by NorseGamer, HSM Editor-in-Chief, with information provided by Joe Dale, nDreams Digital Product Manager
“Certainly it is true,” said Cornelius. “And the land has never quite forgotten them.”
–C. S. Lewis
I sometimes picture all the years of Home — all its achievements, its product releases, its notable moments from developer and community alike — coalesced into one long symphony. If we keep with this analogy, then what we’re about to discuss here is nothing less than the fourth movement from Beethoven’s Ninth Symphony: the Ode to Joy.
Because, at long last, Xi has truly returned.
That’s right. You heard me. After more than three years of silence, nDreams has formally announced its sequel, Xi: Continuum.
From Joe Dale, nDreams Digital Product Manager:
Xi: Continuum is the sequel to the 2009 console-based alternate reality game Xi, which had over 600,000 unique players and gave birth to a hugely passionate community that has been clamoring for a fresh Xi experience.
Patrick O’Luanaigh, CEO of nDreams said, “Xi: Continuum crosses between console, websites, videos and the real world, yet can be played at any time. We believe that the game offers a genuinely original game experience that will be unlike anything else you have played before.”
The mushroom cloud you just saw was the entire Home community going up in a giant “WTF BOOM” moment of glee.
The original Xi is still hailed by many as the high-water mark of Home. Xi: Continuum aims to recapture that magic and even expand on it. This is no easy feat, though: Home is a much more decentralized and balkanized environment than it was back in 2009. Part of what gave the original Xi so much impact is that at the time…there really wasn’t much of anything else to do in Home.
This is not to knock the original experience at all; but there is no question that recapturing that same lightning in a bottle in today’s Home environment is going to be a tall order. Home’s user base has grown exponentially since 2009, and there are a whole lot of people who never experienced the first Xi. On top of that, the people who were around at that time have romanticized the memory of that magical experience and elevated it to such a level that it may be impossible for anything to truly match it. Further, nearly every major game release in Home, over the last six months, has experienced massive bugs and lag issues due to server stress. Given how much traffic is going to be exploring Xi: Continuum, I can only hope that the infrastructure of Home itself is capable of handling the load.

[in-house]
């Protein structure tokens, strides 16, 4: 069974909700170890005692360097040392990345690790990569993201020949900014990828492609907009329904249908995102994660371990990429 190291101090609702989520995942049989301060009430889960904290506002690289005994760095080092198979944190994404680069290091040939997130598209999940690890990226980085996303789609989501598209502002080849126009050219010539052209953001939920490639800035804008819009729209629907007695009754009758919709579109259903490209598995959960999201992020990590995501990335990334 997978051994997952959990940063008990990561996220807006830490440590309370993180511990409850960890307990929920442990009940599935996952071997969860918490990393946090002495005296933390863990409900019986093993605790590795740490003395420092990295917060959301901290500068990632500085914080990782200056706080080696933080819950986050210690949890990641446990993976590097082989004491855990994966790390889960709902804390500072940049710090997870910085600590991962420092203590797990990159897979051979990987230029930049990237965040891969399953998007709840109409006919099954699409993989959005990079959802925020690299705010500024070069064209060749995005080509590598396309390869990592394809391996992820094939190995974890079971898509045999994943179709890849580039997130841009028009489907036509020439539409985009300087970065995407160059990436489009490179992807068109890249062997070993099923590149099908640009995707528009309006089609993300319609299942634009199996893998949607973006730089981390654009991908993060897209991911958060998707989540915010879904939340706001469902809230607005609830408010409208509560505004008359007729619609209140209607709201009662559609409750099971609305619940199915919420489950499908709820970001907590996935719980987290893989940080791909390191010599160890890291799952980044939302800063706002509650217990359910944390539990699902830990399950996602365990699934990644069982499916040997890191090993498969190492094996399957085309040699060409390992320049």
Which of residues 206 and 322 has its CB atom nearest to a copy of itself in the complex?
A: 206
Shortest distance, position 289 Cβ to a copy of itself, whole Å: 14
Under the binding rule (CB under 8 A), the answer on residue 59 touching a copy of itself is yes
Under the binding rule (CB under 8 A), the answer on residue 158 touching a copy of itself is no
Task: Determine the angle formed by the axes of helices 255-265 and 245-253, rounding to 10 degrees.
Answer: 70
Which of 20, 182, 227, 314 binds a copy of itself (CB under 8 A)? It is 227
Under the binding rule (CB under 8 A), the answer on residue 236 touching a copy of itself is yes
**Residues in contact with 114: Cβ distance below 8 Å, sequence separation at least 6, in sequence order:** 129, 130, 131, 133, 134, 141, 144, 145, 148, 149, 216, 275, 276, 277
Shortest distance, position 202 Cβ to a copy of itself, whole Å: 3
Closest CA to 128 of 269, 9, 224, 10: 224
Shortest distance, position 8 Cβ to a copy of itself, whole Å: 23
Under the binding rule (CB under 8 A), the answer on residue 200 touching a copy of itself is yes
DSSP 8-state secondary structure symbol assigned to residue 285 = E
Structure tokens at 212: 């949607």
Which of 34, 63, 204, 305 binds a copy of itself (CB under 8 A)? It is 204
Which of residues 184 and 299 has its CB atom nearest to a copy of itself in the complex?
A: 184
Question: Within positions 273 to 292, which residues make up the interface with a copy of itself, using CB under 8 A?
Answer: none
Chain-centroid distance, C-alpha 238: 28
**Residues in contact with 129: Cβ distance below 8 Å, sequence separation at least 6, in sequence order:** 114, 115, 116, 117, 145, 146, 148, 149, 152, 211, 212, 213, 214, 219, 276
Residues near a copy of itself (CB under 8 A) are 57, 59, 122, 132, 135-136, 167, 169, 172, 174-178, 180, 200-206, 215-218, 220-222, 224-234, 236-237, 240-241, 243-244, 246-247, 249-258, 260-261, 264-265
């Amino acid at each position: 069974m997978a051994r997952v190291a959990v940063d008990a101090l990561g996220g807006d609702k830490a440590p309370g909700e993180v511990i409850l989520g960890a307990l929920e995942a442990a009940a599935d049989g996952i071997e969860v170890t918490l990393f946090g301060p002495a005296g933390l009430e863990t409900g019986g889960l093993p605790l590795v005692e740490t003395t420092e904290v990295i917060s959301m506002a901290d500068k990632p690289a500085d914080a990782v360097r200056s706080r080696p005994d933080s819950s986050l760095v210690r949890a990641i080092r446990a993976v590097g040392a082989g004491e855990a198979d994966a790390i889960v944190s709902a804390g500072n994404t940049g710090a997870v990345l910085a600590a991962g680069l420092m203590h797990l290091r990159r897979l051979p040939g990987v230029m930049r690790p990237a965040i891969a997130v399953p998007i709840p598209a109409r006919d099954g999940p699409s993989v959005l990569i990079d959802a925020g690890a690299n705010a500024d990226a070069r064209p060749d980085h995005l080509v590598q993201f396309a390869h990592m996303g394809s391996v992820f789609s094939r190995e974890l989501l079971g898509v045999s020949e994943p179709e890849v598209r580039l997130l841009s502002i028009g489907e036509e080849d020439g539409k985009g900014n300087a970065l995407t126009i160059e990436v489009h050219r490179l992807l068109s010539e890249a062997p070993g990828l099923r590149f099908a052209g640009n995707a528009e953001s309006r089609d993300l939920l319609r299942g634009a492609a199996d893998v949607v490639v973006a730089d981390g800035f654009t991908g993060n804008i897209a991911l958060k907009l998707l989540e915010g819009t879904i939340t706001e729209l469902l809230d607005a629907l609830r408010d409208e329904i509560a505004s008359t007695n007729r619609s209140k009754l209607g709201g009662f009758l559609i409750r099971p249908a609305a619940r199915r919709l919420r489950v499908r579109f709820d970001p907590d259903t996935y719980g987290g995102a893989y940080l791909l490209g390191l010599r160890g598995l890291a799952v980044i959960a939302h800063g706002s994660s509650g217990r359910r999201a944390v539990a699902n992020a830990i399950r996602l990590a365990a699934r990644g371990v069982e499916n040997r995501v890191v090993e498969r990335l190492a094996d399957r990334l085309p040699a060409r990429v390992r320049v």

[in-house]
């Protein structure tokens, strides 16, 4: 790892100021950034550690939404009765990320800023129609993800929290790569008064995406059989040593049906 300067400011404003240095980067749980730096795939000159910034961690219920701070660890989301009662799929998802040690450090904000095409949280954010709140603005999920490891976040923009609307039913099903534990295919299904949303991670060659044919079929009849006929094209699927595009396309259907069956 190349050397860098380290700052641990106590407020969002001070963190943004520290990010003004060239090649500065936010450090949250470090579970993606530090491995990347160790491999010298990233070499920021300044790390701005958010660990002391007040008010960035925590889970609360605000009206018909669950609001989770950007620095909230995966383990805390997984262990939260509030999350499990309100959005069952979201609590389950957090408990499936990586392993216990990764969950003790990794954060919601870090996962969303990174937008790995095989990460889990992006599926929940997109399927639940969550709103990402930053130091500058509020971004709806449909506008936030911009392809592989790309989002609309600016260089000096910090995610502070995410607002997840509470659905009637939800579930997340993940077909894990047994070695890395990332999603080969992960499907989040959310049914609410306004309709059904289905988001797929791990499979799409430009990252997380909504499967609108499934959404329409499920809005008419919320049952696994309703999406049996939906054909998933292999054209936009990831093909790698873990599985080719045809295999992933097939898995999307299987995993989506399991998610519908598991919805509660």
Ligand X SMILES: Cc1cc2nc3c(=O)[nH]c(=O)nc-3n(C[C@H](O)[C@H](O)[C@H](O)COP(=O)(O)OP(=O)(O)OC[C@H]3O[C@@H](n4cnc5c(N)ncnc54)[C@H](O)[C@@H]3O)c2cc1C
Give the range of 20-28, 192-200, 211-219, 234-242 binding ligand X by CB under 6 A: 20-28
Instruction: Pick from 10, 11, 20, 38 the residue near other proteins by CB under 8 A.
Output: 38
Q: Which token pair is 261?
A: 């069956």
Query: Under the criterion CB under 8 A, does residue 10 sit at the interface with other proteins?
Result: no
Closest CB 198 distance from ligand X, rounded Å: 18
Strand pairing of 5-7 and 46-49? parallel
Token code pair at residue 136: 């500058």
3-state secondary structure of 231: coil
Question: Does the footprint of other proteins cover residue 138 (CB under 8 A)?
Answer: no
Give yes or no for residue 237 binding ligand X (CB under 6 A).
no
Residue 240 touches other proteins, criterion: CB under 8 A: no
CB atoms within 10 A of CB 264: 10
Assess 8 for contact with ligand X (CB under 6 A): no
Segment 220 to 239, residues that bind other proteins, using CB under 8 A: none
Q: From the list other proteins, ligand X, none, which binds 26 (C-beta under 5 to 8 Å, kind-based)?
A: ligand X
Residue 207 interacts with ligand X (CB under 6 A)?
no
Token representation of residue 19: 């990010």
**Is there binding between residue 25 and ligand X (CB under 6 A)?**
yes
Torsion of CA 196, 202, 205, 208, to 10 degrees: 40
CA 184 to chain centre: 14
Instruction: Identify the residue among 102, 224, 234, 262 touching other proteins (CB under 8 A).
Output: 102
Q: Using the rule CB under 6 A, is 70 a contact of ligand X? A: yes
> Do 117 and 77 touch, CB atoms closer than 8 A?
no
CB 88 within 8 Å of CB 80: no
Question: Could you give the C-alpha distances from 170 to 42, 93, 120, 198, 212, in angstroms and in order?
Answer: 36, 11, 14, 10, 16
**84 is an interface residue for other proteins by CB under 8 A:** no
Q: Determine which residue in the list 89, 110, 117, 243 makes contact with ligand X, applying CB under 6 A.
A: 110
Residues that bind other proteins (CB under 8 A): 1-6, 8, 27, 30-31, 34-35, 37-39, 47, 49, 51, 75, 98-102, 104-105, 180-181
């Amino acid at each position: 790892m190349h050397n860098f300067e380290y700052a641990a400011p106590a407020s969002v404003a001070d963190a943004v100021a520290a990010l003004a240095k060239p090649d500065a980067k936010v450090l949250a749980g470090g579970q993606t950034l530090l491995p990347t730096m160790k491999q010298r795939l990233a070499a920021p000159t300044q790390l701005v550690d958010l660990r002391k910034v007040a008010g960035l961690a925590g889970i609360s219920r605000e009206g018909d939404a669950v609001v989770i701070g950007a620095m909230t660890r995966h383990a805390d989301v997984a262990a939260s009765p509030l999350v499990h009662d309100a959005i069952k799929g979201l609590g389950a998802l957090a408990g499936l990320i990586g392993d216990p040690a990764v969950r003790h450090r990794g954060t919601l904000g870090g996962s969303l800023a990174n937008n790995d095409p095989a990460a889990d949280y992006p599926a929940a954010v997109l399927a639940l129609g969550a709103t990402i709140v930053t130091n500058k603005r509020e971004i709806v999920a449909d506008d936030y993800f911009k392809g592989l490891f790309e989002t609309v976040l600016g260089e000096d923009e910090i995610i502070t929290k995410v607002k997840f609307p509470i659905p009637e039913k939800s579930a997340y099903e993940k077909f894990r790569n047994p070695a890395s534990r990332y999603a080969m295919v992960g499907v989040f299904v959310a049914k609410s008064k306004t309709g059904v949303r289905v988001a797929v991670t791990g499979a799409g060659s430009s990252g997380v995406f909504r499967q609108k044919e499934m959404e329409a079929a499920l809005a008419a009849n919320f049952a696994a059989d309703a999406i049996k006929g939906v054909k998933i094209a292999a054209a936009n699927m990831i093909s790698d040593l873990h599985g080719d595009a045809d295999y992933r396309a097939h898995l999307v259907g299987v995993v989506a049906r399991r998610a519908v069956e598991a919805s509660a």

Oh — and to top it all off, there are already people whinging on the Sony forum about how much this new Xi experience is going to cost them.
The fact remains, though, that Xi: Continuum has a lot going for it. First off, no one else has released an ARG (Alternate Reality Game) into Home since the original Xi, and the formula of blurring the lines between the real world and the virtual world inherently lends itself exceptionally well to Home. Since there’s nothing else in Home that comes close to interactively blurring the lines the way the Xi formula does, it should be a hit even with those people who never experienced the original. And while I agree that the social scene is the beating heart of Home, there is no question that it is games in Home which help to actually bring people together in a cooperative, communal spirit — and Xi did this better than anything else in Home.
Xi also benefits from its ability to play on the human fascination with surrealism, which nDreams is already remarkably adept at creating. Just as Patrick McGoohan’s The Prisoner turned television inside-out with its puzzles and riddles — elevating an ordinary TV show into a cultural phenomenon that is still hotly debated and discussed to this day — so Xi did the same with virtual reality, and Xi: Continuum promises to continue and expand upon this.
What fascinates me, personally, is the process involved in creating something like this. Building an ordinary Home game takes a hell of a lot more time than a typical Top Gear montage, and building something like an ARG is a hideously expensive and time-consuming process with a lot of moving parts that need to work together. When you consider how Home itself has evolved in the last few years — and I know of more than a few products in development which had to be completely reworked because of core updates which changed how Home functions — I can only imagine how daunting it was to try to bring something this massive to life.
Here’s the bottom line, though: we’re about to have a new Xi experience unleashed upon us all. For every Home user, old and new alike, this is a properly Big Deal. In case you’re completely in the dark as to what made Xi such a cultural experience for the Home community, take a look at this and you’ll understand.
And now it’s time to do it again.
At the beginning of 2012, we told you that this would be remembered as the “Year of the Game” in Home.
What, you thought we were kidding?
Say goodbye to daylight, fortify your internet connection, and put away the breakables — Xi is back.